A dissenting appellate court justice in the Hughes case cited above criticized the “severe or pervasive” standard, noting that the statute that uses that language, the Unruh Civil Rights Act (UCRA), “is not an employment discrimination statute,” and nothing indicates that the state legislature intended to mix this statute and the FEHA. Hughes v. Pair, 65 Cal. Rptr. 3d 619, 632 (Cal. App., 2d Dist. 2007) (Armstrong, Acting P.J., dissenting). The justice advocated for an “interpret[ation] based on the plain and ordinary meaning of the words” in the statute. Id. at 633. Other critics of the “severe or pervasive” standard point to the reportedly high percentage of sexual harassment complaints dismissed by the courts, arguing that the standard imposes too high a burden on complainants.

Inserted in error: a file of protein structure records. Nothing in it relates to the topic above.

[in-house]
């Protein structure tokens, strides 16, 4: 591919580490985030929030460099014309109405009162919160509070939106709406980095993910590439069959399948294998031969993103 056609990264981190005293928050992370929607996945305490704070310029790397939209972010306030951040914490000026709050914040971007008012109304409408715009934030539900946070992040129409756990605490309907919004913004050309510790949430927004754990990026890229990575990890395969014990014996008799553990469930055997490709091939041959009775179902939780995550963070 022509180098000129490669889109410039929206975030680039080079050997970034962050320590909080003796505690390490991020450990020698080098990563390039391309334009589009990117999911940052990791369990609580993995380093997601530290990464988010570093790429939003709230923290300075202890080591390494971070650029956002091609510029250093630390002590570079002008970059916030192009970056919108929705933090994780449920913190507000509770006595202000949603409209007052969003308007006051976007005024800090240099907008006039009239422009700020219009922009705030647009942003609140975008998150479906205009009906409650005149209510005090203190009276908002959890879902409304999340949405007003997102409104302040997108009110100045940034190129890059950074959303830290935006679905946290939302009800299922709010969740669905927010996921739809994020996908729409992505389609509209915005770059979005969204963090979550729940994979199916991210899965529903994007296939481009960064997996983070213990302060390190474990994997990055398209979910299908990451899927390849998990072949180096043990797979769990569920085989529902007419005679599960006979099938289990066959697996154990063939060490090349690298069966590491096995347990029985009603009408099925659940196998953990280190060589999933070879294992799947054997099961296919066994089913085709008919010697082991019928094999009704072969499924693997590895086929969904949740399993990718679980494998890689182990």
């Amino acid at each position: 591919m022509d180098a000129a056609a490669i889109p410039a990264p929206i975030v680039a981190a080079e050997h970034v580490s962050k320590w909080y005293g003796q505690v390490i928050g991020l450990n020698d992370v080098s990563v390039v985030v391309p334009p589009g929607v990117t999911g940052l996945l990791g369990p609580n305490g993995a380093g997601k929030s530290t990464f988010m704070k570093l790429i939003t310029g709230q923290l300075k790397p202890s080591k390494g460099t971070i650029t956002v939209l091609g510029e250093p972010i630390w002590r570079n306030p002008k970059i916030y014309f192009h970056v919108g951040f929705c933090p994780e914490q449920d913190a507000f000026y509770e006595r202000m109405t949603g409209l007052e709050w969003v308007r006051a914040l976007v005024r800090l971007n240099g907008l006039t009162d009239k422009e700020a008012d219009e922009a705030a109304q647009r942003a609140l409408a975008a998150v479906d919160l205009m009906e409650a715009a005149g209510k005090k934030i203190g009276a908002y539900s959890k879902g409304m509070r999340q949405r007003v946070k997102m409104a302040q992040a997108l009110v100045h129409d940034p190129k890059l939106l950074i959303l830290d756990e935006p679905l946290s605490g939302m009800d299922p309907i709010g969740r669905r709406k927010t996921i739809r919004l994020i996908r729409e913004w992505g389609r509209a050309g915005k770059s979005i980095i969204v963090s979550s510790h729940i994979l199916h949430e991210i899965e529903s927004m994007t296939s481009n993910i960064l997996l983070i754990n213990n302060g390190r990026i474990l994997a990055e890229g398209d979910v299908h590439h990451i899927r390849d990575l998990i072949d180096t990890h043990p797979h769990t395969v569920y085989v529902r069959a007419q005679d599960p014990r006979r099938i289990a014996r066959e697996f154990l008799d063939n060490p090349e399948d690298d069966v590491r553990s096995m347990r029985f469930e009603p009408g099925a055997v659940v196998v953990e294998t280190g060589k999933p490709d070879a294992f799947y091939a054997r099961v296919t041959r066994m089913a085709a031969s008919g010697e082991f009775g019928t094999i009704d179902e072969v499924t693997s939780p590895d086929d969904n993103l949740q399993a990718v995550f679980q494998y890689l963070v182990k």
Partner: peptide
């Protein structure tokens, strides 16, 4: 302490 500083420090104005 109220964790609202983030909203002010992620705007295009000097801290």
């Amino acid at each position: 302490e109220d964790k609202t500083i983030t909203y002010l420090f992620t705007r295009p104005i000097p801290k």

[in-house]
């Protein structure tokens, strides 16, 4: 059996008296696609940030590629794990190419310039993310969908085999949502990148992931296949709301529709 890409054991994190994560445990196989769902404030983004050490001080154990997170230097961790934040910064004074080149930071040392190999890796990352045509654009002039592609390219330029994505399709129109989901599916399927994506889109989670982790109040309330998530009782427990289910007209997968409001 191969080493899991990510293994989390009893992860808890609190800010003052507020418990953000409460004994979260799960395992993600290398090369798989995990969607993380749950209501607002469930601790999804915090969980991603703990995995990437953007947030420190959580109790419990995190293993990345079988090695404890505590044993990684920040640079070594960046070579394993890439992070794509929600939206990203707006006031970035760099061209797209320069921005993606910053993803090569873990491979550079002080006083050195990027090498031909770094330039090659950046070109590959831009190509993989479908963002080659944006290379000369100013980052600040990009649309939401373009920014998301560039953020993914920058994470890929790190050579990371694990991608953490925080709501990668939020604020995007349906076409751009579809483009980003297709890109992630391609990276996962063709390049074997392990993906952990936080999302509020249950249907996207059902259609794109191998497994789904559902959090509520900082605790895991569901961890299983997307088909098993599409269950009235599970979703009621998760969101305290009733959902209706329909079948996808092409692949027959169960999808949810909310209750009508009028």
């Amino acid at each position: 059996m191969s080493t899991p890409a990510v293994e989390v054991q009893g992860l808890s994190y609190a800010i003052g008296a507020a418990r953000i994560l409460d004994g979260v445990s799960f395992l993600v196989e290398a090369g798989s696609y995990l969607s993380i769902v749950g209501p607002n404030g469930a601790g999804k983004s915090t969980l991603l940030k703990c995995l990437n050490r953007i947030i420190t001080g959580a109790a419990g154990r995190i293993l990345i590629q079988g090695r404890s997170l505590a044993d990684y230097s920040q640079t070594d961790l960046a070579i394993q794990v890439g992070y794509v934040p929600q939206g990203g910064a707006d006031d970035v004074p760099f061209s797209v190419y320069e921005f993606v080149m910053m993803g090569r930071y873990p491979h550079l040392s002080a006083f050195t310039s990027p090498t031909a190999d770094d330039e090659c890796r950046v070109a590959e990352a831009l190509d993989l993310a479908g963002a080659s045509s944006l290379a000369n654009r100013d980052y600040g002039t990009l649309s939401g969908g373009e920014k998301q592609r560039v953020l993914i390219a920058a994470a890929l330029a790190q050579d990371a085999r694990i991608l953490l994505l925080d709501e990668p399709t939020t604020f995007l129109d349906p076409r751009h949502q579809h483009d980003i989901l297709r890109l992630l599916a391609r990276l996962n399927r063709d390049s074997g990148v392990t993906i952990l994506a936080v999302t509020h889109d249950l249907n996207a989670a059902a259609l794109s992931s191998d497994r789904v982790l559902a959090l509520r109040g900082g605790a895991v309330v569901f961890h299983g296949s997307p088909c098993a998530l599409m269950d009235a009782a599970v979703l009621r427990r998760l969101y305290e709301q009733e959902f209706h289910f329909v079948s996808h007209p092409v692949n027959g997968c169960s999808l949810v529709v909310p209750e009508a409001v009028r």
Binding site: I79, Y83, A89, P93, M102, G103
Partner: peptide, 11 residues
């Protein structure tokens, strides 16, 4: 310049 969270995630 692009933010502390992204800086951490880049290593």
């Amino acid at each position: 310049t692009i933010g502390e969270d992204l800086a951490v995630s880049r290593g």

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Federal law protects the right of workers to organize for the purpose of collective bargaining with their employers, more commonly known as unionizing. The National Labor Relations Act (NLRA) outlines these rights and prohibits employers from interfering with employees engaging in protected activities. The National Labor Relations Board (NLRB) investigates alleged violations of workers’ rights and, in some cases, pursues legal claims on behalf of aggrieved workers. Throughout 2017, employees of Tesla, a Northern California technology company that designs, manufactures, and sells electric cars, have been involved in efforts to form a union. Multiple workers filed complaints with the NLRB. In August, the NLRB consolidated five of these California employment cases into a single complaint, which alleges various acts of coercion and restraint against employees involved in union organizing. Tesla, Inc. and Sanchez, et al., Nos. 32-CA-197020, 197058, 197091, 197197, 200530, cons. complaint (NLRB Reg. 32, Aug, 31, 2017).